By Greg Mills, Associate Editor
Recently there is a lot in the press about the 3D printing revolution. Apple watchers are thinking 3D printing is the next big thing for Cupertino to disrupt.
The industries Apple tends to disrupt are cutting edge technologies with some track record but limitations Apple can fix with the ol’ Apple flourish. Look for a new 3D Apple iPrinter, a new iWork 3D Part program, stock 3D part files sold on line, a 3D copy function and Apple brand plastic filament cartridges.
The infant 3D printing industry is a prime candidate for Apple disruption as all the elements are well within Apple’s synergy spectrum.
1. iPrint Software: The existing software that runs 3D printers is generally expensive and not “Apple intuitive.” While you can buy 3D modeling software that runs on a Mac, it is not an easy thing to learn to use and mostly uses software obviously ported over from the Windows version. The awkwardness of creating a novel 3D computer file is certainly a task Apple software engineers can do with ease. It takes modeling software to create something new and to execute stock part files. The software would most likely be given away with the purchase of an Apple 3D-iPrinter.
2. Stock iPrint 3D Part Files: The iTunes style on-line store is perfectly adaptable to sell or give away packaged 3D part files. Let’s say you would like to print out a chess set. You could go on line to the Apple 3D Parts Store and pick the chess set design you like. Download the 3D part file and then print the parts out with the Apple 3D-iPrinter. The 3D files could be uploaded and sold with the person who created the copyright protected, 3D part file sharing the price of files sold with Apple, much like an iBook. There could also be free files donated from which to pick. There would be pictures to scroll through to pick your parts.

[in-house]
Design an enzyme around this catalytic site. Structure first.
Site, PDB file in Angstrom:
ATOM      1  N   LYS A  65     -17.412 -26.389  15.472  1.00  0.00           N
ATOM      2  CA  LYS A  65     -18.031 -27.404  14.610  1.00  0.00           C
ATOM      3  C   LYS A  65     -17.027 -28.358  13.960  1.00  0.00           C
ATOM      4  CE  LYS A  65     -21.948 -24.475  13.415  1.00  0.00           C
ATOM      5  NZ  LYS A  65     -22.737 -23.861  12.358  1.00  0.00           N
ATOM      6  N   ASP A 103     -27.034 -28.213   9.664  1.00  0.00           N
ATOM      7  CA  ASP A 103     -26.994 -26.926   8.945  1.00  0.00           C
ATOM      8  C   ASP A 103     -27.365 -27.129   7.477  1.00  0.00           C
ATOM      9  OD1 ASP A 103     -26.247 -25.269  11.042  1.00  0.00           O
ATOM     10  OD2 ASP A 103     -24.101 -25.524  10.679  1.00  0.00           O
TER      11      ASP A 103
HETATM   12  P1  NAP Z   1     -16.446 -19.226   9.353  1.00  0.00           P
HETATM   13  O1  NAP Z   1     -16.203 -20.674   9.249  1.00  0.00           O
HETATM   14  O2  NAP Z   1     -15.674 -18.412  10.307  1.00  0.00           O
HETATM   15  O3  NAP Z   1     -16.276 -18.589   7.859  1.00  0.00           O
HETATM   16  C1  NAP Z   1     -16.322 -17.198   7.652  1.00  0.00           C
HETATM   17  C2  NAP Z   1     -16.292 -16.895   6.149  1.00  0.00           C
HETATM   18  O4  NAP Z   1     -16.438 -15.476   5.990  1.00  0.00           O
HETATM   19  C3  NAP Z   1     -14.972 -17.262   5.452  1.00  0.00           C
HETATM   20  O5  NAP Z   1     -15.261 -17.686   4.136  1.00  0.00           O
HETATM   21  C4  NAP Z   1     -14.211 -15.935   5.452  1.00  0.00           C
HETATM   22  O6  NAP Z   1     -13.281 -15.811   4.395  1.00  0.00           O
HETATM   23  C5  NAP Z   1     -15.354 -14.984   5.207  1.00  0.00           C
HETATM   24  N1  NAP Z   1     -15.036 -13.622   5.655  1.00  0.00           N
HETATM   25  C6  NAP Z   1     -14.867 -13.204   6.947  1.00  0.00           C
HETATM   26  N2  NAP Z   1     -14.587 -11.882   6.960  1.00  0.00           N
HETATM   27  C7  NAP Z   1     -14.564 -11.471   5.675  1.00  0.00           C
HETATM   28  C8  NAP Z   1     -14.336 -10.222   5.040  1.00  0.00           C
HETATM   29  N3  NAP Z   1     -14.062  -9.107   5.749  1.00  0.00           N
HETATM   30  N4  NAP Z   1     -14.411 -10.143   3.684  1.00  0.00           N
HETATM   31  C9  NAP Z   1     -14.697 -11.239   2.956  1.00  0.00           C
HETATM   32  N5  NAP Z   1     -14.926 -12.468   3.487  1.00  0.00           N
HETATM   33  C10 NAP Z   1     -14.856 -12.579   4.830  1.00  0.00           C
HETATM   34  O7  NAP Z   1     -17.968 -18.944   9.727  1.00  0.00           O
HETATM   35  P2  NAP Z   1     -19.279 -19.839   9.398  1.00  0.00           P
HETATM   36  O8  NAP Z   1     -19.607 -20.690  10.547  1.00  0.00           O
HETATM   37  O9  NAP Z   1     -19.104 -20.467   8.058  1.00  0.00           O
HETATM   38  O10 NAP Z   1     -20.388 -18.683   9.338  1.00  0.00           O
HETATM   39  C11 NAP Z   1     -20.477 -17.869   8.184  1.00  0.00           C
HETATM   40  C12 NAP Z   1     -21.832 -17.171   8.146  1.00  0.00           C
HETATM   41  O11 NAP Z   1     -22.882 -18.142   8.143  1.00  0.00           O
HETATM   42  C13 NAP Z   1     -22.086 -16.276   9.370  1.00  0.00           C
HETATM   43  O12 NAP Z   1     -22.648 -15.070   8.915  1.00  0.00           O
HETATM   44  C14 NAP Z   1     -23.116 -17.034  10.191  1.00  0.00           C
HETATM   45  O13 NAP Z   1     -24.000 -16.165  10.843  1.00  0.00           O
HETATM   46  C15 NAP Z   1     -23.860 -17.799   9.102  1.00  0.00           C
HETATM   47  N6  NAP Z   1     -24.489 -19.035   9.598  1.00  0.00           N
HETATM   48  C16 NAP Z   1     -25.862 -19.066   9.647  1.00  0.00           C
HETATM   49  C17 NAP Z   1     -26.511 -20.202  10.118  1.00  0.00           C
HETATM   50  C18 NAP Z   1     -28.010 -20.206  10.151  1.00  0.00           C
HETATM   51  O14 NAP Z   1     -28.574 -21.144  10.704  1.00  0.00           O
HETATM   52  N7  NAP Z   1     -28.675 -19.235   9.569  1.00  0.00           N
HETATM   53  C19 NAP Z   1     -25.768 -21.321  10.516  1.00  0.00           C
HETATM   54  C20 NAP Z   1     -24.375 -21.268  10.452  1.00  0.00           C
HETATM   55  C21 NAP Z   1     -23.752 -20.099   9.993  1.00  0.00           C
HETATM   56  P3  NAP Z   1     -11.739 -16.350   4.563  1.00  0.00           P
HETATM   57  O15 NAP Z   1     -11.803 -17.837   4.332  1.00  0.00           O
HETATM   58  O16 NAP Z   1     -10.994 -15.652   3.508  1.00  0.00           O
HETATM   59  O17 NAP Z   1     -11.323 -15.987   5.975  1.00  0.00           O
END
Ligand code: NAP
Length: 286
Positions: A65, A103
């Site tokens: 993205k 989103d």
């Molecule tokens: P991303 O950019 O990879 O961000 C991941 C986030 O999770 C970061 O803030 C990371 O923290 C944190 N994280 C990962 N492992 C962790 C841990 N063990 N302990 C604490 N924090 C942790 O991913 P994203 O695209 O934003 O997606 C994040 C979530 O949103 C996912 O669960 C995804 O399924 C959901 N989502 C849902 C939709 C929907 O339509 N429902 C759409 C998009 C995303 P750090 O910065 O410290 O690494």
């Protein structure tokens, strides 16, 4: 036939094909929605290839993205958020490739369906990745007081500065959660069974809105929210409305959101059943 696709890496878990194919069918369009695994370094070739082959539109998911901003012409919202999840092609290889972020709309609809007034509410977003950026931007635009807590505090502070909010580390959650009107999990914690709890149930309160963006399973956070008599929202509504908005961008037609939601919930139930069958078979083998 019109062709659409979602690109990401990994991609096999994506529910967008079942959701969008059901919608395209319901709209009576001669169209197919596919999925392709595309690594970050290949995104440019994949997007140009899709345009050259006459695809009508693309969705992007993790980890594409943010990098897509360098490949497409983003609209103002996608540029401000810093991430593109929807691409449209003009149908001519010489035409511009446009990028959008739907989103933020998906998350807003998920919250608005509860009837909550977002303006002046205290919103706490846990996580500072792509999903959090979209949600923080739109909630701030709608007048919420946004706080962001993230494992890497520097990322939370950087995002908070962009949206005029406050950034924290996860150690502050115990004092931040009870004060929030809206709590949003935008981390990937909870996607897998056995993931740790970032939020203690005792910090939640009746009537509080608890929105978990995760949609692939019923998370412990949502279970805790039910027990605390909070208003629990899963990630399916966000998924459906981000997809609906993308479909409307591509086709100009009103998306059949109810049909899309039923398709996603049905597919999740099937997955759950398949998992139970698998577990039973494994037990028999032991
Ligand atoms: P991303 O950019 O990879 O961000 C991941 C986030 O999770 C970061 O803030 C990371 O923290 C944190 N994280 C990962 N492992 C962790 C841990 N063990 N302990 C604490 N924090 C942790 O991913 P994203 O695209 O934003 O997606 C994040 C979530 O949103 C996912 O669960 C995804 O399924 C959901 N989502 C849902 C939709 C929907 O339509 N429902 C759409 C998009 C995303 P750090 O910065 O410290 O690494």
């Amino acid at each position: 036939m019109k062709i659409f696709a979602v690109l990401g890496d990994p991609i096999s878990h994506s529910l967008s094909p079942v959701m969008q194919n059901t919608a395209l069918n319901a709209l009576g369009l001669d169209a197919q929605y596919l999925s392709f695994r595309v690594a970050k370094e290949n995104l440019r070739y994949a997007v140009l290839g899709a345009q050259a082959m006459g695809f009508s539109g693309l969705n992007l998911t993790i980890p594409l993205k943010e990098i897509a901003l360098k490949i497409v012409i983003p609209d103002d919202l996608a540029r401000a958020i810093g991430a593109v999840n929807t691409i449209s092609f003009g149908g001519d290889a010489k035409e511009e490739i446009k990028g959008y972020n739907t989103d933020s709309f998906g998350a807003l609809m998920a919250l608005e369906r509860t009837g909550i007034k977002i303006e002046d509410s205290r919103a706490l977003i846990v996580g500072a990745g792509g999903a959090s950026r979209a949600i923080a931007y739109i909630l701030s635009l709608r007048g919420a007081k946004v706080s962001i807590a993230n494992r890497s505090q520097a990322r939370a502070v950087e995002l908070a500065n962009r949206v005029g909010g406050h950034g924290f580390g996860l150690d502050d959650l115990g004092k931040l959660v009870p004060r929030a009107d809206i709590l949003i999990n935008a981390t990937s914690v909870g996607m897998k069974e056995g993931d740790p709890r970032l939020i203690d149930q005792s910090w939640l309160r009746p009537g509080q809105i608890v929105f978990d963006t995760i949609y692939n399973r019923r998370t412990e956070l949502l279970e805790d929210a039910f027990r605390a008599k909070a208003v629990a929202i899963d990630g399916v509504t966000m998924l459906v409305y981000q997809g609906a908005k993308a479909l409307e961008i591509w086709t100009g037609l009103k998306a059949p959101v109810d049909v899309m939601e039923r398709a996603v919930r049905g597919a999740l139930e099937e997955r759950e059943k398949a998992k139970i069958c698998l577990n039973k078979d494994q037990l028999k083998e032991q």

3. 3D Part Copy Feature: Recent patent applications filed by Apple relate to photographically creating 3D files. Imagine using a small turntable on the 3D printer to slowly turn an object in front of an iPhone in video mode. The physical item could thus be “3D scanned” to create a file that a 3D printer could use to print out an exact copy of the item. The size of the part would be scalable. Let’s say you have a chess set part you want to replicate. You pop your iPhone onto a cradle with a connector on it, and the 3D-iPrinter automatically begins to turn the turntable as a video file converts the video of all sides of the item into a part file suitable for printing.
4. 3D iPrinter Product: The 3D-iPrinter would be a new hardware item that Apple could get some pretty good margin out of. At US$500 or so, a tabletop, high quality 3D printer would be a great product for both hobby and industrial use. Apple could add color printing and high quality detail to have a best-of-class device. The iPrinter would use cartridges of colored or clear plastic filament to create nicely colored parts.
5. 3D iPrinter Plastic Filament Cartridges: There would be an ongoing supply steam for Apple to sell cartridges of the filament on line and at the Apple stores. A proprietary cartridge design and filament size would allow Apple to control the market for the material Apple 3D printers use. This would support an ongoing income stream much like ink cartridges do for paper printers.
It has been long enough since Apple disrupted something cool. I think we are overdue for something like an Apple 3D-iPrint revolution.
That is Greg’s Bite.